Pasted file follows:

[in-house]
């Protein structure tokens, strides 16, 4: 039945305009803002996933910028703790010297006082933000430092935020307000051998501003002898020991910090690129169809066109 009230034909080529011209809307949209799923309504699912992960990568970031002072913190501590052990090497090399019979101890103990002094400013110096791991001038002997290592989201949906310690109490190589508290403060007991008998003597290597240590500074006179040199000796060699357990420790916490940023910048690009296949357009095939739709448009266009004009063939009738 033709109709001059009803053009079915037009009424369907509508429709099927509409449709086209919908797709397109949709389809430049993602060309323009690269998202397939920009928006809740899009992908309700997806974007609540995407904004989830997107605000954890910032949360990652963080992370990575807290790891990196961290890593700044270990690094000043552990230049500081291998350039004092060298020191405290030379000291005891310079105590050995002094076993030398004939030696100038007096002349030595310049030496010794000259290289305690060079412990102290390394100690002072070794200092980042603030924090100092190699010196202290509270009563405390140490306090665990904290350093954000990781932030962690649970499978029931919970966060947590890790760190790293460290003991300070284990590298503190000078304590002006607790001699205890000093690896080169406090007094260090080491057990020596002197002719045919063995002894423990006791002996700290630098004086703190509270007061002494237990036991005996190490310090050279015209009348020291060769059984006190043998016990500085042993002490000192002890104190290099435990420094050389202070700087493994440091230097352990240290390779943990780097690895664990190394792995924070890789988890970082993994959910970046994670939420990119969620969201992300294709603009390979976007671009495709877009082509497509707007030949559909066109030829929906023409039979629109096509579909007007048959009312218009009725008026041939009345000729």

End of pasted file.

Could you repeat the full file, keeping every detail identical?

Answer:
[in-house]
């Protein structure tokens, strides 16, 4: 039945305009803002996933910028703790010297006082933000430092935020307000051998501003002898020991910090690129169809066109 009230034909080529011209809307949209799923309504699912992960990568970031002072913190501590052990090497090399019979101890103990002094400013110096791991001038002997290592989201949906310690109490190589508290403060007991008998003597290597240590500074006179040199000796060699357990420790916490940023910048690009296949357009095939739709448009266009004009063939009738 033709109709001059009803053009079915037009009424369907509508429709099927509409449709086209919908797709397109949709389809430049993602060309323009690269998202397939920009928006809740899009992908309700997806974007609540995407904004989830997107605000954890910032949360990652963080992370990575807290790891990196961290890593700044270990690094000043552990230049500081291998350039004092060298020191405290030379000291005891310079105590050995002094076993030398004939030696100038007096002349030595310049030496010794000259290289305690060079412990102290390394100690002072070794200092980042603030924090100092190699010196202290509270009563405390140490306090665990904290350093954000990781932030962690649970499978029931919970966060947590890790760190790293460290003991300070284990590298503190000078304590002006607790001699205890000093690896080169406090007094260090080491057990020596002197002719045919063995002894423990006791002996700290630098004086703190509270007061002494237990036991005996190490310090050279015209009348020291060769059984006190043998016990500085042993002490000192002890104190290099435990420094050389202070700087493994440091230097352990240290390779943990780097690895664990190394792995924070890789988890970082993994959910970046994670939420990119969620969201992300294709603009390979976007671009495709877009082509497509707007030949559909066109030829929906023409039979629109096509579909007007048959009312218009009725008026041939009345000729």